(Original publication: July 29, 2005)
A Spring Valley food company that told state inspectors it was closing down because its products were contaminated with bacteria kept delivering salads to grocery stores anyway, officials said yesterday.
As a result, state inspectors spent the last several days visiting 128 stores in the New York metropolitan area that sold Golden Taste products — including 12 in Rockland — and pulling them off shelves, said Jessica Chittenden, spokeswoman for the state Department of Agriculture and Markets.
“When we found out that they did not cease distribution, we seized all their product and destroyed it,” she said.

Regulations prevented the department from disclosing to the public which stores carried Golden Taste products, she said.
Golden Taste, which already has been fined more than $6,000 for failing four state sanitary inspections since June, faces additional penalties, she said.
The company recalled some varieties of its salad four times since the middle of June after they were found to be contaminated with listeria.
The bacteria can cause pregnant women to suffer miscarriage or premature labor and can make the elderly, children and people with compromised immune systems very sick. In healthy people, the bacteria cause flu-like symptoms, including muscle aches, fever, nausea and diarrhea.
After the company failed its last inspection and issued another recall July 15, state officials prepared to get a court order to close down the business, Chittenden said. But the company agreed to close voluntary until it passed a state inspection.
“They were supposed to stop all operations,” she said.
Rafael Perl, manager of the food processing plant, could not be reached for comment yesterday.
The company’s salads are popular with people who observe Jewish dietary laws. Some consumers said yesterday that they were worried unsafe food was being sold.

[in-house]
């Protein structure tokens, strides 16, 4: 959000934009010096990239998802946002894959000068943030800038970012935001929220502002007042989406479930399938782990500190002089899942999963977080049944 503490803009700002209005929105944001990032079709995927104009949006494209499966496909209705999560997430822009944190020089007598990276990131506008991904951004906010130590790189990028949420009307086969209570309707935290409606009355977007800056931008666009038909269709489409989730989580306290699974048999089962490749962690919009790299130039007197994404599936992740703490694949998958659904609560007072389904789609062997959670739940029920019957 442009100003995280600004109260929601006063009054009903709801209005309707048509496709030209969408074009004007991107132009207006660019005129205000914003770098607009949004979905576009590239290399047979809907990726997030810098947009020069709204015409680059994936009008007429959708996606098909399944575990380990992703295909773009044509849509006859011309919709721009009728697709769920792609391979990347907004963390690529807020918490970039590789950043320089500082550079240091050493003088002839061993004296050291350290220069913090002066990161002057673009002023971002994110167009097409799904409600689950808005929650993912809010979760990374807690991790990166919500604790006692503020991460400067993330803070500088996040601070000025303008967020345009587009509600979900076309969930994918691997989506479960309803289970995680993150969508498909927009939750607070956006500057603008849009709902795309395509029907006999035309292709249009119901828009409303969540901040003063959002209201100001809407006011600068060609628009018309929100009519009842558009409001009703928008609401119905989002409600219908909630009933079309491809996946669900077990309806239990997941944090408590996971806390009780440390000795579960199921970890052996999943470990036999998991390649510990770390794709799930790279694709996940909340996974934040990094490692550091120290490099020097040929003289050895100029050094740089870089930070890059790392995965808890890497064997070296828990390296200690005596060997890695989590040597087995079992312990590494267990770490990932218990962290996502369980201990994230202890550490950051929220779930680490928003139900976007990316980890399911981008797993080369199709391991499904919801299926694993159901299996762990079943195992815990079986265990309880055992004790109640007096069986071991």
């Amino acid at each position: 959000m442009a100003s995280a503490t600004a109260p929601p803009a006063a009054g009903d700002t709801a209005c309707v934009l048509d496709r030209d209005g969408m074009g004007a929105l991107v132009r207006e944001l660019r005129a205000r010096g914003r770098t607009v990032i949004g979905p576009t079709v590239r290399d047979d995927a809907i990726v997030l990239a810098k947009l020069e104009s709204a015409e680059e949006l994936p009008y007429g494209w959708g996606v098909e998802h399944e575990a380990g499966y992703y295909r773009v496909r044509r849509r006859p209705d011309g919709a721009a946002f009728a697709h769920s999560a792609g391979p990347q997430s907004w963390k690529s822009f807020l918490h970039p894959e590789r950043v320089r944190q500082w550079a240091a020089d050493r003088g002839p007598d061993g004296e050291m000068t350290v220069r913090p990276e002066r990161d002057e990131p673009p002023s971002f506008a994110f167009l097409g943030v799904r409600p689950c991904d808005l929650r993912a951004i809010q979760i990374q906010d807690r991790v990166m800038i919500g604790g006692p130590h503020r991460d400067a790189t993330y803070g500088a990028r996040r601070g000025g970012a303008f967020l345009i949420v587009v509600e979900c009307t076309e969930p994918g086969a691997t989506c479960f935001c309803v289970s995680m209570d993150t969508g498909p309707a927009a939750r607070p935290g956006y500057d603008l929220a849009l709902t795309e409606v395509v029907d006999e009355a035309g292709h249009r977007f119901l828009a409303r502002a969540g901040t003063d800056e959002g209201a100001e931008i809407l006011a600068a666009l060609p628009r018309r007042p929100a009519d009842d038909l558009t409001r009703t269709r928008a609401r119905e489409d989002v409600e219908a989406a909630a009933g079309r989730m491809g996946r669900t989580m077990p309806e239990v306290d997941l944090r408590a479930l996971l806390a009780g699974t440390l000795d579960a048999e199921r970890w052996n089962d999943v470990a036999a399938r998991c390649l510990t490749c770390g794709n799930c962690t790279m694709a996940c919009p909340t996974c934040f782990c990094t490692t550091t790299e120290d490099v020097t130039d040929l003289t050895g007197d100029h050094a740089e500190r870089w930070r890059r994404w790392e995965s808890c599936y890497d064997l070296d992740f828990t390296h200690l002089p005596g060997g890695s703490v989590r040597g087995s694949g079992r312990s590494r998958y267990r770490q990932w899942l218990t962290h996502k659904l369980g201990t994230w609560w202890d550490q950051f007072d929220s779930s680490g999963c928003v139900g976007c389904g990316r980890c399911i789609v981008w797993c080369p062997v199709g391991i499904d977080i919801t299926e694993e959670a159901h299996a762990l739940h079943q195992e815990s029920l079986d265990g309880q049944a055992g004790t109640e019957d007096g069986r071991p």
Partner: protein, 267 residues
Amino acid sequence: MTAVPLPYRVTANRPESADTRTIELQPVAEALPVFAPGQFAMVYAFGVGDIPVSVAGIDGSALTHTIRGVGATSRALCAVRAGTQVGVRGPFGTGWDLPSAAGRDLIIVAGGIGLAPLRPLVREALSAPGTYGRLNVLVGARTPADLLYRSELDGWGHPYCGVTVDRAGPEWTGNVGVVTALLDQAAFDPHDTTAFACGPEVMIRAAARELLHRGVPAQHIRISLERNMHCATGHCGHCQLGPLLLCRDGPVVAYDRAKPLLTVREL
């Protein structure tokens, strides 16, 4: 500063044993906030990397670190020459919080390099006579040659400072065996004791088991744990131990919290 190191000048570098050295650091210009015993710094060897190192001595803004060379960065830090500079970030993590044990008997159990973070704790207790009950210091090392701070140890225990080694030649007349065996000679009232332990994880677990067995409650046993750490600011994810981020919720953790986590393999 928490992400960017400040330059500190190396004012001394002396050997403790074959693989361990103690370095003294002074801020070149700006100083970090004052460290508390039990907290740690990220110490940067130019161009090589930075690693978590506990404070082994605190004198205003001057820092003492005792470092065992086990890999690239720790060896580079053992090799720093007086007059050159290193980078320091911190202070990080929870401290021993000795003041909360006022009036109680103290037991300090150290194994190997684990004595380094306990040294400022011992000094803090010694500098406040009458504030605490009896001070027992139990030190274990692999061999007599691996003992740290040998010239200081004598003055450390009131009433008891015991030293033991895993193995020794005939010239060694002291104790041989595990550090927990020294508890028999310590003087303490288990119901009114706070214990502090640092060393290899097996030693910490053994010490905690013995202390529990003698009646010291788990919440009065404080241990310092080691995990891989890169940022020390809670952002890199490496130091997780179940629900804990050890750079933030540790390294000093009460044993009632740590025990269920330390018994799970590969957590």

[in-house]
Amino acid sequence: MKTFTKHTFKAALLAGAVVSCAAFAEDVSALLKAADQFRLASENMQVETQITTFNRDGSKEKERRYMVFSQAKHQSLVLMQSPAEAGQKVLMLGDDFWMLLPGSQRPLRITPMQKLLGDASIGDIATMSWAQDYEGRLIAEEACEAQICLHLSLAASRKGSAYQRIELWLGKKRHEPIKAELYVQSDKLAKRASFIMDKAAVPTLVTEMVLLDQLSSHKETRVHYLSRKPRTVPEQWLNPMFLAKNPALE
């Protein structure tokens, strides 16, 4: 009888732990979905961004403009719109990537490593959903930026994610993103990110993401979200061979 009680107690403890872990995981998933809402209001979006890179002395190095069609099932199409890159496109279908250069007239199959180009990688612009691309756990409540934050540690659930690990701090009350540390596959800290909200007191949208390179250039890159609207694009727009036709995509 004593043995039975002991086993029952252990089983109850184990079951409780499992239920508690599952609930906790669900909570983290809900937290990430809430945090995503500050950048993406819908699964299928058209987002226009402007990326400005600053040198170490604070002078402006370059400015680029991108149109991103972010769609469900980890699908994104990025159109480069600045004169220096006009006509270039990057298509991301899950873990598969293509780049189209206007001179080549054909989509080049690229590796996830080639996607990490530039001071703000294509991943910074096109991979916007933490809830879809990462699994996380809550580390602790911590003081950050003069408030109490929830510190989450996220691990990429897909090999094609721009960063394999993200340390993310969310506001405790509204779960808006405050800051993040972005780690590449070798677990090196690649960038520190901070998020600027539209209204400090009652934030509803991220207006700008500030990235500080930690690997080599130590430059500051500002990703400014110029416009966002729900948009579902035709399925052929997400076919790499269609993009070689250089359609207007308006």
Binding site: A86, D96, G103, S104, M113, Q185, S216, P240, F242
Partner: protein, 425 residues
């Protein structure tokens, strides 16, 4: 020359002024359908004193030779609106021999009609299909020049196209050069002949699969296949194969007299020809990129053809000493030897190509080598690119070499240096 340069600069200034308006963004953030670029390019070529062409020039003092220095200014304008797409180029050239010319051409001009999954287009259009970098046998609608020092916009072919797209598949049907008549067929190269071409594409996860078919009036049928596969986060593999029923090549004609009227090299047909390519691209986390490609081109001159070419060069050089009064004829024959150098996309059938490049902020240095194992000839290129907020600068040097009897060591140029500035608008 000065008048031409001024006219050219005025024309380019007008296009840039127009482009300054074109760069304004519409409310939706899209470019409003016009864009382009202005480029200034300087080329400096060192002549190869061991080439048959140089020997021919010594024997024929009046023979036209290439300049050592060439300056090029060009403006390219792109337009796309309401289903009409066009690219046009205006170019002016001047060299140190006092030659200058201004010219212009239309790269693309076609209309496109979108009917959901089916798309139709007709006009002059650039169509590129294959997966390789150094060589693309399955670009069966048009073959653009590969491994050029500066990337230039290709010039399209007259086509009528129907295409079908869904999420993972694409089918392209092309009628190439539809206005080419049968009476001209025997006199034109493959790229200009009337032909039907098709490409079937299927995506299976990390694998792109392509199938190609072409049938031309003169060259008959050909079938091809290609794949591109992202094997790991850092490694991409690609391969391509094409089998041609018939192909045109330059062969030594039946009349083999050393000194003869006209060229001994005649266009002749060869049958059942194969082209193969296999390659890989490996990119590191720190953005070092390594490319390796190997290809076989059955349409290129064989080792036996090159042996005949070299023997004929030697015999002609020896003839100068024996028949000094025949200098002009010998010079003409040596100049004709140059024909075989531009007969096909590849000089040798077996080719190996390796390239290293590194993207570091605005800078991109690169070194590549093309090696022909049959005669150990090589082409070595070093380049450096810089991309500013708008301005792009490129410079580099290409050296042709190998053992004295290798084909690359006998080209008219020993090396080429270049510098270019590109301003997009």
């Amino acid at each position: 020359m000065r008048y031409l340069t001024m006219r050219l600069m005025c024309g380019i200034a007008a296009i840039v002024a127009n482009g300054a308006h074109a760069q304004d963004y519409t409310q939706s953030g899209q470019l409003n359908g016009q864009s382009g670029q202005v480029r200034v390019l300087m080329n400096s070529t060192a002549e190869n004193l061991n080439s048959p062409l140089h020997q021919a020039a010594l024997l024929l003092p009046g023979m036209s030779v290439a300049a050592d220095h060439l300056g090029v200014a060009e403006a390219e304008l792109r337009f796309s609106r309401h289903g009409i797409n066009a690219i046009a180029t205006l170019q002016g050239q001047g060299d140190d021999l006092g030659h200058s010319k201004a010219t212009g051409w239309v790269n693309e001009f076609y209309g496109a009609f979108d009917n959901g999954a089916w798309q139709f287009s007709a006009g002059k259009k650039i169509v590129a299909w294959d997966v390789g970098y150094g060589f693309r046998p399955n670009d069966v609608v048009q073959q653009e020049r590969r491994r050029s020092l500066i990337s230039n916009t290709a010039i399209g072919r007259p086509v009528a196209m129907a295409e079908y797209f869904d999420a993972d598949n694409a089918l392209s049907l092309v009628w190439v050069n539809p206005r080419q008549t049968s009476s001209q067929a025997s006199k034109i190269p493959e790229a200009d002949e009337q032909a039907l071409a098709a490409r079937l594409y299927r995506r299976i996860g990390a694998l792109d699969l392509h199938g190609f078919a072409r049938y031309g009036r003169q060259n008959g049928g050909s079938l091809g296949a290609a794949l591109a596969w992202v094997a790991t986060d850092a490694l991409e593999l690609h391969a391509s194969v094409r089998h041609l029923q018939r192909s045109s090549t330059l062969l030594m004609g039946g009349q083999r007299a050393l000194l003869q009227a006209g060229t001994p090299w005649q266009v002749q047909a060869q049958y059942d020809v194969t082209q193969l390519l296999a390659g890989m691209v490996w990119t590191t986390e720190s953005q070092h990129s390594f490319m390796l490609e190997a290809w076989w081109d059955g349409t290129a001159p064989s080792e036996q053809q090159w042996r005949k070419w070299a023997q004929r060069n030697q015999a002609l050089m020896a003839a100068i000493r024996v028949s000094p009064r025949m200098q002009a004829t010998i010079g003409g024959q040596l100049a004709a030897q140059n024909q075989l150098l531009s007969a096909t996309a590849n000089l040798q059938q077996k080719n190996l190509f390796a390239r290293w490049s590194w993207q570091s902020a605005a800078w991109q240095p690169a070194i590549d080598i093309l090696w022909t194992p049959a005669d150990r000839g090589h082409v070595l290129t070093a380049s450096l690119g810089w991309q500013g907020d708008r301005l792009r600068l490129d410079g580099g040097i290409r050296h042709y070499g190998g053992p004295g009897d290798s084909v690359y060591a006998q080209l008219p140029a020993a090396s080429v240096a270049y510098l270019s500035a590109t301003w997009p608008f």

“I’m dismayed that there appears to be a breakdown in the protection of the public,” said Monsey resident Mandell Ganchrow, a retired physician who formerly was president of the Orthodox Union, an organization that provides kosher certification. “Where were the people who are supposed to make sure that contaminated food isn’t sent out?”
Golden Taste makes about 50 products, which have kosher certificates issued by OK Kosher Certification of Brooklyn.
“A lot of people mistake kosher for cleaner,” said Rabbi Chaim Fogelman of OK Kosher. “Unfortunately, that’s not always so.”
Kosher inspectors check to make sure dietary laws are being adhered to, he said. They do not check for the presence of bacteria.
Kosher certification would be revoked if an inspector spotted roaches, for example, because insects in food violate religious law.
The same is not true of bacteria, Fogelman said.
Grocery store owners probably were not happy to learn they were stocking items that might be contaminated, said Jim Rogers, a spokesman for the Food Industry Alliance of New York State. The Albany-based trade group represents independent and chain supermarkets, convenience stores and other retailers and wholesalers.
“Retailers buy what’s made available to them,” he said. “The retailer assumes that if it’s out there on the market, the state Department of Agriculture and Markets has certified it as being safe.”
The trade group gets regular food recall updates from the state, which it then passes along to its members, Rogers said. As soon as a recall is issued, store owners remove the item from the shelves and return it to the manufacturer for a refund.
“The last thing they want to do is sell bad food,” he said.
Golden Taste also recalled some salads in October 2004 and in January 2000 after state tests revealed listeria.
State officials said they did not know when the company would be allowed to resume production. It would have to inspected first.
But the company might find it difficult to sell its food because of its bad record, Rogers said.
“You have a supplier running a sloppy operation and expecting the retailer to continue selling the product,” he said. “I think after four recalls in one month, most retailers would say, ‘I don’t want your product anymore.’ ”
Food recall information
ï Consumers with questions may call Golden Taste at 845-356-4133.
ï For more about food recalls in New York, visit the state Department of Agriculture and Markets Web site at www.agmkt. alertList.asp